Carol Rodrigues, hospice director for Baystate Visiting Nurses Assoc. and Hospice in Springfield, has heard more than her share of heartbreaking stories, but also some wonderful ones.
She recalls the cadre of ‘secret Santas’ who set out just before the holidays to buy Christmas presents for families caring for children with life-limiting illnesses, and the Spanish-speaking volunteer who became a young mother’s shadow, translating complicated medical jargon associated with her child’s health, and often offering her rides to and from the hospital.
And then there’s the story of a little girl who could not communicate her fear of dying, until the VNA sent a puppeteer to her home. Then, she was finally able share her feelings by talking with — and through — the puppet.
These stories and countless others, said Rodrigues, were born from the VNA’s new concentration on providing palliative care — treatment to relieve symptoms, paired with supportive services — to children with life-limiting illnesses and their families, and on educating a greater number of people on both the availability and importance of such services.
The State of Affairs
Rodrigues explained that the Pediatric Palliative Care Program, now in its second year, is a project that she and other palliative care professionals across the Commonwealth have been working toward for several years, through the Hospice and Palliative Care Federation of Mass.
By working closely with the Department of Public Health and the state Senate, Rodrigues and her fellow members of the Hospice and Palliative Care Federation brought the three-year grant program to fruition with a $900,000 budget. Since it was introduced at the start of 2007, various VNAs, hospices, and other facilities have added new pediatric palliative services through a grant-application process.
Rodrigues said the driving force behind the federation’s work is the children who sometimes fall through the palliative and hospice care cracks due to various regulations on the state level.
“There are children in this state who are ineligible for hospice services if they’re receiving any other kind of care, like block nursing,” she said, referring to the nursing service often provided to children with chronic issues.
“For instance, a child who’s had a tracheotomy may have a nurse who stays with him all day long, but he can’t have palliative care as well — the state calls it double dipping.”
Through the Pediatric Palliative Care Program, families can avoid canceling other services, and do not have to pay to receive care.
Hope and Help
Beyond red tape, however, there’s another important consideration regarding the care of children with life-limiting conditions that Rodrigues said is a key reason why palliative care exists.
It differs from hospice care in that there is no requirement for a six-month prognosis and curative treatments often continue, and these are important distinctions, especially for parents of sick children.
“Parents are never ready to give up on their children,” she explained. “But at the same time, many children are not getting the services they deserve, and their families aren’t being served, either.”
As such, palliative services are geared toward assisting families with children who are living with a wide range of conditions that are often chronic and could limit life expectancy, such as advanced or progressive cancer; major organ failures; HIV; cystic fibrosis; progressive genetic, neurological, or metabolic disorders; renal failure; or cerebral palsy, among other illnesses.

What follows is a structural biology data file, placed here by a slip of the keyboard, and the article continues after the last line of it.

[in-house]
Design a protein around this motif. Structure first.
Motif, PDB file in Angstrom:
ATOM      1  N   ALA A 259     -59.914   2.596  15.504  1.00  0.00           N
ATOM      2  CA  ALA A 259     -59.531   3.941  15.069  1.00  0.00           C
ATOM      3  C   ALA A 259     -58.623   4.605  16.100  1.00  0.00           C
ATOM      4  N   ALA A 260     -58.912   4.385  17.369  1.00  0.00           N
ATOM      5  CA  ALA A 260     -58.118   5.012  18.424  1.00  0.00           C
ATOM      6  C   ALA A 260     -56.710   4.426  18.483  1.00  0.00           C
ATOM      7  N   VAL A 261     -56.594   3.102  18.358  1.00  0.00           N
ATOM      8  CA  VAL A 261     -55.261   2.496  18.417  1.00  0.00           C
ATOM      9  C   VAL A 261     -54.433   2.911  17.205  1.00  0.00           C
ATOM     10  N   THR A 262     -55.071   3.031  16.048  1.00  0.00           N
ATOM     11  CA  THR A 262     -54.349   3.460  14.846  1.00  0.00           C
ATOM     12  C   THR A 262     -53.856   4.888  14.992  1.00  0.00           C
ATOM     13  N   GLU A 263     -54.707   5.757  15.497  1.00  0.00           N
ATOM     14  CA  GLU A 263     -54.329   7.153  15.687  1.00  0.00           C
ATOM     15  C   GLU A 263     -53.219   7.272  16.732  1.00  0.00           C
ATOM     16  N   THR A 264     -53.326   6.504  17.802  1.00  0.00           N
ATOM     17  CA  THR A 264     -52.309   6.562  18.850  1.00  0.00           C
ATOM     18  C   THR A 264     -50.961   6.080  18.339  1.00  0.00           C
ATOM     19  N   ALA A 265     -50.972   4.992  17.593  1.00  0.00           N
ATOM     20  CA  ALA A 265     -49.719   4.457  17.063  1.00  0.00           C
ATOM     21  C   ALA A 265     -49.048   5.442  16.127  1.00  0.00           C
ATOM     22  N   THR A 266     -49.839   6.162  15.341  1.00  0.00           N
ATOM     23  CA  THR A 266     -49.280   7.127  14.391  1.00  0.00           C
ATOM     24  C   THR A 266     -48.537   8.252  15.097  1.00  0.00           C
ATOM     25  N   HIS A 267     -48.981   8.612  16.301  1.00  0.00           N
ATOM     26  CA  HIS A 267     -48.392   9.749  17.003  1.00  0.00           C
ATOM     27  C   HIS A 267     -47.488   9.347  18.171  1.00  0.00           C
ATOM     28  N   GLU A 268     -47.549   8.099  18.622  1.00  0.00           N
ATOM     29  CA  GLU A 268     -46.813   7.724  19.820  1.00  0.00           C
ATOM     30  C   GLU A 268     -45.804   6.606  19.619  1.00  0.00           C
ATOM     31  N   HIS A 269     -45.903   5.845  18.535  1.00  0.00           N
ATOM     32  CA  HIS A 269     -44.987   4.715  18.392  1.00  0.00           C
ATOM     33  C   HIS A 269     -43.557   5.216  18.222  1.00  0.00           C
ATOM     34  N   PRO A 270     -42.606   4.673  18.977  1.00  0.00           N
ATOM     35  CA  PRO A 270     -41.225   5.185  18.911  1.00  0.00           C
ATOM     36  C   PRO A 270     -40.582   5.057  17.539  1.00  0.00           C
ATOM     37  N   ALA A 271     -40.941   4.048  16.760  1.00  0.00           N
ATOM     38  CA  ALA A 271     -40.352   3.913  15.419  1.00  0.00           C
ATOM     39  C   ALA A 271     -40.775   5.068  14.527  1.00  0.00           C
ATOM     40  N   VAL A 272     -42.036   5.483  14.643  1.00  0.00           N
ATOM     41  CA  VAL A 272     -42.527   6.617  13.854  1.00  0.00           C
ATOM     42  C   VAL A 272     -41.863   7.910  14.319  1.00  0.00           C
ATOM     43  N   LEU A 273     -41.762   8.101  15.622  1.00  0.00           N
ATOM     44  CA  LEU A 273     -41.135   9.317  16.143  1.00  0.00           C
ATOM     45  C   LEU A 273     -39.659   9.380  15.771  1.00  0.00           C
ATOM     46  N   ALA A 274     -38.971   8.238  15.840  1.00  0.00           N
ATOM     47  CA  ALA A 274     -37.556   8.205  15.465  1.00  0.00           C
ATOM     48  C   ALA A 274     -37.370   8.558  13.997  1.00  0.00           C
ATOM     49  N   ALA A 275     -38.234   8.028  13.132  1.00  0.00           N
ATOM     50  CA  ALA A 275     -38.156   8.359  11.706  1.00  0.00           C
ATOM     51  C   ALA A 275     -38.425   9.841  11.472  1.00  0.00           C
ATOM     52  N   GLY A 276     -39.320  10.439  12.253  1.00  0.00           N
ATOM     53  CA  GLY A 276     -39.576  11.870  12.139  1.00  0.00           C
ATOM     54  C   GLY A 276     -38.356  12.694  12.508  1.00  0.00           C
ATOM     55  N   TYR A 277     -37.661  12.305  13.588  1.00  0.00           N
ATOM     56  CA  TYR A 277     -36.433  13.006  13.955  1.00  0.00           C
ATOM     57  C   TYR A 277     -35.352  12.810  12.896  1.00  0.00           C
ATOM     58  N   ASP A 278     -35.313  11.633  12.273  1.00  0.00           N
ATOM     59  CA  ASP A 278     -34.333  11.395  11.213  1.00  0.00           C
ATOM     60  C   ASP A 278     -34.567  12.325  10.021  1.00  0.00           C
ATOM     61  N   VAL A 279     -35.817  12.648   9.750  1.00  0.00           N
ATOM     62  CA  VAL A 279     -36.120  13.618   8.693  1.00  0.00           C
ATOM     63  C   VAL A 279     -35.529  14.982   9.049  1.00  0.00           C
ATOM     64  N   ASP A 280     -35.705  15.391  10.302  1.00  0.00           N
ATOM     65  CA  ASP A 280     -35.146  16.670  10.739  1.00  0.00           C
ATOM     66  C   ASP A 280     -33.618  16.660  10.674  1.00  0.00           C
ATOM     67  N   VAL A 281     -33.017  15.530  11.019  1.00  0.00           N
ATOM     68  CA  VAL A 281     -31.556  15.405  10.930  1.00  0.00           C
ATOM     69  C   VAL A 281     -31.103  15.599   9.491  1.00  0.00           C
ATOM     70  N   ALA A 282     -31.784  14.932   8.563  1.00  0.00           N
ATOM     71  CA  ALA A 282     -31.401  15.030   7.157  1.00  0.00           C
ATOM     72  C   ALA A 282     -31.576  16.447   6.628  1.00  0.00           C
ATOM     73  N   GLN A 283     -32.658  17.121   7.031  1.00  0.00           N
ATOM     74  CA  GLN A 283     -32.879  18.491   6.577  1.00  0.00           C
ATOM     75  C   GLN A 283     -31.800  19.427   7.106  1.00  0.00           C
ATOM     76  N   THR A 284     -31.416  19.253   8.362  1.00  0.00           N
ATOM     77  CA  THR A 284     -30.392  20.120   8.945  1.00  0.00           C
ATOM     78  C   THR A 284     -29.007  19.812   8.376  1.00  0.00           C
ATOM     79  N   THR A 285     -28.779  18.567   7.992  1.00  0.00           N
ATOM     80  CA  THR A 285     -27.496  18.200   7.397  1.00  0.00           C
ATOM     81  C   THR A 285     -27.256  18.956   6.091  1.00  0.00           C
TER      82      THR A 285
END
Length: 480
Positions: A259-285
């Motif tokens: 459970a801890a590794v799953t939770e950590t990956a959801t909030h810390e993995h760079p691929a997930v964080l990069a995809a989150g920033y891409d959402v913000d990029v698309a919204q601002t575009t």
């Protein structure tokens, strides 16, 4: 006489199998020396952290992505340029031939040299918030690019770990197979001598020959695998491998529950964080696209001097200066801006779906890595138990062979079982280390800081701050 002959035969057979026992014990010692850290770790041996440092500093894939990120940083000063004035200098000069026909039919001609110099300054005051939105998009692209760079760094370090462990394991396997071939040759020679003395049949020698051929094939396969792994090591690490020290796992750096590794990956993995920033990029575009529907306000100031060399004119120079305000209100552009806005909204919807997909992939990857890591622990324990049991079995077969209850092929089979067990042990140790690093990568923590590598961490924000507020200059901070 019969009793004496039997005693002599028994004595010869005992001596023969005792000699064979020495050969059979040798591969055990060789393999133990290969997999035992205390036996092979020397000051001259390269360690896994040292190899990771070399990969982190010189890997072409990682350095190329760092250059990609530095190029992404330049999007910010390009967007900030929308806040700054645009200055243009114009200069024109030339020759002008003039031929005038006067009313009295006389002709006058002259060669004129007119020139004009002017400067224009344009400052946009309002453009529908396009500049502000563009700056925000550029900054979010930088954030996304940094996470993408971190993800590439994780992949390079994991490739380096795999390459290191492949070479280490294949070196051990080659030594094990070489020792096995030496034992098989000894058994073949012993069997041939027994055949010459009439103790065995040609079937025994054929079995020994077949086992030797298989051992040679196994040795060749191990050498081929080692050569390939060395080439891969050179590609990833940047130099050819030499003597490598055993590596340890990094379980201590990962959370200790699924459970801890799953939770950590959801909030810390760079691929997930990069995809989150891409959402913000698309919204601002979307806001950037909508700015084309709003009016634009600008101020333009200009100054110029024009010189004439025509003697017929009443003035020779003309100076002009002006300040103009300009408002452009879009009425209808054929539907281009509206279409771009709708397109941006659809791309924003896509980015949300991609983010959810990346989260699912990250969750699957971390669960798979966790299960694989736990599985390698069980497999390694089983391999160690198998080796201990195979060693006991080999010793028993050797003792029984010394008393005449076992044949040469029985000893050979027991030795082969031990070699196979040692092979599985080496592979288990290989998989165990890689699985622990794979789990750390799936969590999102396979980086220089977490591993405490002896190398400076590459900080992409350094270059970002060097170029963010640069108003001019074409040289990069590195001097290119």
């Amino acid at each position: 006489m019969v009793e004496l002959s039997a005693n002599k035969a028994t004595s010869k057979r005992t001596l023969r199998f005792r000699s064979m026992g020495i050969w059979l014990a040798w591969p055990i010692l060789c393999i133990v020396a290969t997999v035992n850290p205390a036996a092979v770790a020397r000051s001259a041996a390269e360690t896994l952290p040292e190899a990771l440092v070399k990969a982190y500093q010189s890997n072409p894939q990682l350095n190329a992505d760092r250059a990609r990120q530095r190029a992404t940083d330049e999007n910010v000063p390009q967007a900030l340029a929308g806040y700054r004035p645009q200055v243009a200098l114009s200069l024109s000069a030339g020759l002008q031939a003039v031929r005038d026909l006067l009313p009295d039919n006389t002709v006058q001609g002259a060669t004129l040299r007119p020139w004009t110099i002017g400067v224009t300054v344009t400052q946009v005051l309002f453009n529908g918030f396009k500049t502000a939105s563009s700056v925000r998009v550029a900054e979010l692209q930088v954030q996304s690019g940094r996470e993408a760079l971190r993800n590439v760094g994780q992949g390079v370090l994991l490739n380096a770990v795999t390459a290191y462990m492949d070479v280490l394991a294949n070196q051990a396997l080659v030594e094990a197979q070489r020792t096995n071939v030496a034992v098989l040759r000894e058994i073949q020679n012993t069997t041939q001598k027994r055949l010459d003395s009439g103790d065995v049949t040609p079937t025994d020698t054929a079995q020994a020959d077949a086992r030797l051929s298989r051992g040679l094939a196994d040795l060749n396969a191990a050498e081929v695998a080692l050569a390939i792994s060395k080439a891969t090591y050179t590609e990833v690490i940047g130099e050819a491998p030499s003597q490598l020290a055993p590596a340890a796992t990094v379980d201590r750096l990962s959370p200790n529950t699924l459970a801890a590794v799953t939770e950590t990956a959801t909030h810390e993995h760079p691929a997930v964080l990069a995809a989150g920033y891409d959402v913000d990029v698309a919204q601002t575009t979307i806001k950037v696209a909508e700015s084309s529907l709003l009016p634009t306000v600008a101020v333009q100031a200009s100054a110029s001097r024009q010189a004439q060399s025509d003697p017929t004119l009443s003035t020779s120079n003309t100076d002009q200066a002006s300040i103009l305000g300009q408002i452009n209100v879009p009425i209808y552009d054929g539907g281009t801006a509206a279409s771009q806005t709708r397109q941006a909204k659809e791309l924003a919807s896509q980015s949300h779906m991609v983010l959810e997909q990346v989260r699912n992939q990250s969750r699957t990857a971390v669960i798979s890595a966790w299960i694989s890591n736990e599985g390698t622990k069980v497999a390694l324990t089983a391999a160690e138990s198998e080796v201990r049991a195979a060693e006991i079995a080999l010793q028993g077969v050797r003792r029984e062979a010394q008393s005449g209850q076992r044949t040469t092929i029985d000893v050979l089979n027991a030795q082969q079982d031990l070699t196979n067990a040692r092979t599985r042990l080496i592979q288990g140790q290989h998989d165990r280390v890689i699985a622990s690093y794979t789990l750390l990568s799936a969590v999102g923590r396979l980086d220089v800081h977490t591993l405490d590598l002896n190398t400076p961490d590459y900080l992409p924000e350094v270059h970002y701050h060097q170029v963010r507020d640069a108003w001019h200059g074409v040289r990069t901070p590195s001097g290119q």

“A patient doesn’t need to be terminal,” said Rodrigues, “which is why we use the term ‘life-limiting.’ Many are chronic, but not dying, yet still need symptom management. Many are discharged and get better. Others transfer over to a hospice program.”
Baystate VNA, which provides palliative and hospice services in Hampden, Hampshire, and Franklin counties, was one of 10 health care organizations to receive funding — a $55,000 startup grant that can be augmented by additional funds within the three-year period. Through the grant, Baystate VNA has begun offering a wide range of services to about 10 families in the region, including not only specialized medical care, but support services, and even light housekeeping.
That wide range, Rodrigues said, is designed to offer help where help is needed, regardless of the task.
“Some families are receiving nursing with the special expertise of end-of-life symptom management, and others are working with volunteers who might do the laundry, or take care of a family’s other children for a day,” she explained.
There’s a lot of work with social workers and a lot of work with other siblings — a family is often so tied up with caring for a child who’s ill that this has become an important service.”
Consultations for pain and symptom management, assessment and case management, emergency services, and social services are also offered through the program, as well as spiritual care, respite care, and bereavement care for family members.
“Some families are doing well on their own, and with others, we’re quite involved,” she said.
Ready to Assist
Moving forward, Rodrigues said Baystate VNA will continue to market the program to physicians and other health care professionals, who can refer families to the program.
“We still need to help people understand that palliative care is there,” she said. “It’s a fairly new service in the area, but it’s one that is allowing patients to consciously make decisions on their own, and healing families.”